Word counts vary from shorthand to shorthand as well as from older shorthand to newer shorthand. Most were timed in syllable as they found that to be the best way to judge count accurately among the various shorthand systems. Pitman may have a short outline for one word as Gregg have a long outline for the same work, then the opposite happening in other outlines. Since shorthand is verbal, syllables don't change (except by accents, I suppose). I had a Diamond Jubilee dictation book (still might somewhere) that listed timings for a lot of different counting.
The first part of most dictation books will indicate what the word count is. You will find it mostly in the "teachers" section of that introduction. If it is different, some will give you the word count.
In the above link, Word Syllable Count (relinked for ease), it does mention word for word count, which is basically one word counted as one. So the word "bascially" to me, sounds like 3 syllables, but it's one word. If you cannot find a word count in a book or you are using articles that aren't counted in shorthand, feel free to do the word for word count. With brief forms, abbreviations, etc., it will probably even out--especially with Anniversary or any "expert speed course" you have taken (which uses Anniversary brief forms and shortened outlines).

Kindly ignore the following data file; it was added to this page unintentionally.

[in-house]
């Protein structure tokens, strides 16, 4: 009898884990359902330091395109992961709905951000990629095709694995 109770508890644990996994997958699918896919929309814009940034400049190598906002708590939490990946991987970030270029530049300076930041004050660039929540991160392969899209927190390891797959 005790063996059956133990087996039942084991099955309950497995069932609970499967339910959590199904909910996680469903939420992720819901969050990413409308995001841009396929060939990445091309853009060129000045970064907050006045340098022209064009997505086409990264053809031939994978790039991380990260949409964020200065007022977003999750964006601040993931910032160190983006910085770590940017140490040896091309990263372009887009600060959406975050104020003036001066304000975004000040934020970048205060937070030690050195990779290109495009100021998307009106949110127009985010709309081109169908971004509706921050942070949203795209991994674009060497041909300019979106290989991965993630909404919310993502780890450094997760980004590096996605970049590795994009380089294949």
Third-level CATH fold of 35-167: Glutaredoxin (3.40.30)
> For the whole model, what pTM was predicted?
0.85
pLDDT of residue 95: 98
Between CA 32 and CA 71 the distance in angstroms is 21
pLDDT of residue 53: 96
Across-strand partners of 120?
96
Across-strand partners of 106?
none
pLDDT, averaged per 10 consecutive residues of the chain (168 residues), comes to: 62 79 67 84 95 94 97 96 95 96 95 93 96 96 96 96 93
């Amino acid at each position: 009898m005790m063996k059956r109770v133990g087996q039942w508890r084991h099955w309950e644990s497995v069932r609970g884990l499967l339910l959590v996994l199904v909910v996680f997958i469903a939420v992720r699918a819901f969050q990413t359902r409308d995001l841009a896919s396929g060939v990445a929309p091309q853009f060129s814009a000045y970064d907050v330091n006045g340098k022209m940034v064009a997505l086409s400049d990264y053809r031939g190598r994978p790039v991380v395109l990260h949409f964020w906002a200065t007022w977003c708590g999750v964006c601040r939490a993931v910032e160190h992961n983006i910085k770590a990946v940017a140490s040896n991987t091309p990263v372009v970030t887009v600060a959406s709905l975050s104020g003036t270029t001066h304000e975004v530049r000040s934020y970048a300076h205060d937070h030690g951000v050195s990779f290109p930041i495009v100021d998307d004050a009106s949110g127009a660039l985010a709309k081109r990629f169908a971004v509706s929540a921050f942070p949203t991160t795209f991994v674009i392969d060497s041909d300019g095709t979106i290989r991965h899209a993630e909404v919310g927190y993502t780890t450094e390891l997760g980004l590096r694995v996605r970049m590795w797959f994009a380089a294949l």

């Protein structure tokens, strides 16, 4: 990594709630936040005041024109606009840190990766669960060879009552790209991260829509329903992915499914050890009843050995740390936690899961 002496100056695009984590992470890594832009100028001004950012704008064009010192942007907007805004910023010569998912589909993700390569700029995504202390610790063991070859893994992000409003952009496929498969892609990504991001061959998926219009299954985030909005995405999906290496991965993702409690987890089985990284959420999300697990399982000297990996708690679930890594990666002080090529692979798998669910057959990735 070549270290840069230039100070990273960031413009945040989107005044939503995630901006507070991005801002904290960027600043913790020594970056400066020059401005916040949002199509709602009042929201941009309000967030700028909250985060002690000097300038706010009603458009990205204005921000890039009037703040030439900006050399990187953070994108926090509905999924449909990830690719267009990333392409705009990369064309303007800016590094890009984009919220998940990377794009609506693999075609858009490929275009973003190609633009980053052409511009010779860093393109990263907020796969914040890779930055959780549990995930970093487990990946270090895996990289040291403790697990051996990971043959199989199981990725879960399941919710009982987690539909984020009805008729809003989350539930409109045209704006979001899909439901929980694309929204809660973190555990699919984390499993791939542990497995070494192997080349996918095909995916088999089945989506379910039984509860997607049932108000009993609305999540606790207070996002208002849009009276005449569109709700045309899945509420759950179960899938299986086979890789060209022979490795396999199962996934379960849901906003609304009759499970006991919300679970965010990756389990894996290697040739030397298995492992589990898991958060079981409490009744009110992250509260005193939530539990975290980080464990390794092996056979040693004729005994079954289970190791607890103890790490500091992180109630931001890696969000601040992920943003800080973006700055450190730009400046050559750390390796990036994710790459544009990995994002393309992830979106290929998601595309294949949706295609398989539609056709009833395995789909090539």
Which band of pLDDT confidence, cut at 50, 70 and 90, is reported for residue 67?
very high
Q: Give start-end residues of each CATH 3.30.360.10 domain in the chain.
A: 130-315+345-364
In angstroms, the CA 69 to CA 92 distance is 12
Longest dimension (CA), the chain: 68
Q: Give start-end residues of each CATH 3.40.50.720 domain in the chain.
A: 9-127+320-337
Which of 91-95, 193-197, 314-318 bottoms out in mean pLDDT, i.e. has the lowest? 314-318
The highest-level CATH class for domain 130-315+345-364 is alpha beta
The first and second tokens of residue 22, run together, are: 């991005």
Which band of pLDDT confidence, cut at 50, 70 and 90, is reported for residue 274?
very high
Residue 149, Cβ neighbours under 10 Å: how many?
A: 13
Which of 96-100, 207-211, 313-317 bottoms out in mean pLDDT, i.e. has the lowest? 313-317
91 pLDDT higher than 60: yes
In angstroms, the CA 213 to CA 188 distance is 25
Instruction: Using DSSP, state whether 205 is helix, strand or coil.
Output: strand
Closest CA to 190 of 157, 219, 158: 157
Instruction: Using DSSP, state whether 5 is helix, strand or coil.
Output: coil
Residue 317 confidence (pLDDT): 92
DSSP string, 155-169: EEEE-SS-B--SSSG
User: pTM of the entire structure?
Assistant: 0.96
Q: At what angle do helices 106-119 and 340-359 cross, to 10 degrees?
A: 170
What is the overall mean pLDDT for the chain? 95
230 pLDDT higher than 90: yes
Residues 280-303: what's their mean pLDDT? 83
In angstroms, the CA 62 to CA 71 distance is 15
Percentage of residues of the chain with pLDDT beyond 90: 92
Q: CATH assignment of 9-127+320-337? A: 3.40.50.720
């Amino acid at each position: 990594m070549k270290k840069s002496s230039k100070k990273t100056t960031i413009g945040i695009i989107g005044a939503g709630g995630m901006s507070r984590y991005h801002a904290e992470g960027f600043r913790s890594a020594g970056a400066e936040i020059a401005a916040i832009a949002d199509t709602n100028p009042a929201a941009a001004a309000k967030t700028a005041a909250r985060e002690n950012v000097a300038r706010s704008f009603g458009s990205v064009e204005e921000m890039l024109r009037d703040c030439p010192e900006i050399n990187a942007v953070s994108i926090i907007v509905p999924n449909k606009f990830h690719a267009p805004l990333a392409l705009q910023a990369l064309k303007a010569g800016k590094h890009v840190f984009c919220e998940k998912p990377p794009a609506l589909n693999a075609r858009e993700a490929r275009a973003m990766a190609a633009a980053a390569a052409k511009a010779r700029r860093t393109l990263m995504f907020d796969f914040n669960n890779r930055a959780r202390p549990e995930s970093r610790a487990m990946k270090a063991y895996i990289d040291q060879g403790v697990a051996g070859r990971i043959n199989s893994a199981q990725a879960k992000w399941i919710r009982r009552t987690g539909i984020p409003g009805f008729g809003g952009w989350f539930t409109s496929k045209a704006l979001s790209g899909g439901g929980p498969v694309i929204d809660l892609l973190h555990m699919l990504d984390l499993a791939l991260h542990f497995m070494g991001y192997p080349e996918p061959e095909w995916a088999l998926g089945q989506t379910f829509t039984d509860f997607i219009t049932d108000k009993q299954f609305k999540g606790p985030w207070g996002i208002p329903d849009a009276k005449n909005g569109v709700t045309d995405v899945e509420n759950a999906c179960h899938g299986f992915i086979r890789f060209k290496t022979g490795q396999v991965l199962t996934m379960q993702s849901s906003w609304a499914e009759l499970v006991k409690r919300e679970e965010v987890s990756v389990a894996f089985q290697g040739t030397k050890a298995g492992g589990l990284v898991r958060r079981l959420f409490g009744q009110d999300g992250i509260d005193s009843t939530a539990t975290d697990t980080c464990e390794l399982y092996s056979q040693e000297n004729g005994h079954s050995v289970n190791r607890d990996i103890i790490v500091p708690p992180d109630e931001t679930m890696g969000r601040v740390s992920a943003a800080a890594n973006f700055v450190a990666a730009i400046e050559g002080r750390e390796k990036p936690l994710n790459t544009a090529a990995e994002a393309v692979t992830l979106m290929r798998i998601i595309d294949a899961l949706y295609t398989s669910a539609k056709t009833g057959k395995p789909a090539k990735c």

Then you can always time yourself on dictation that has an actual word count to compare.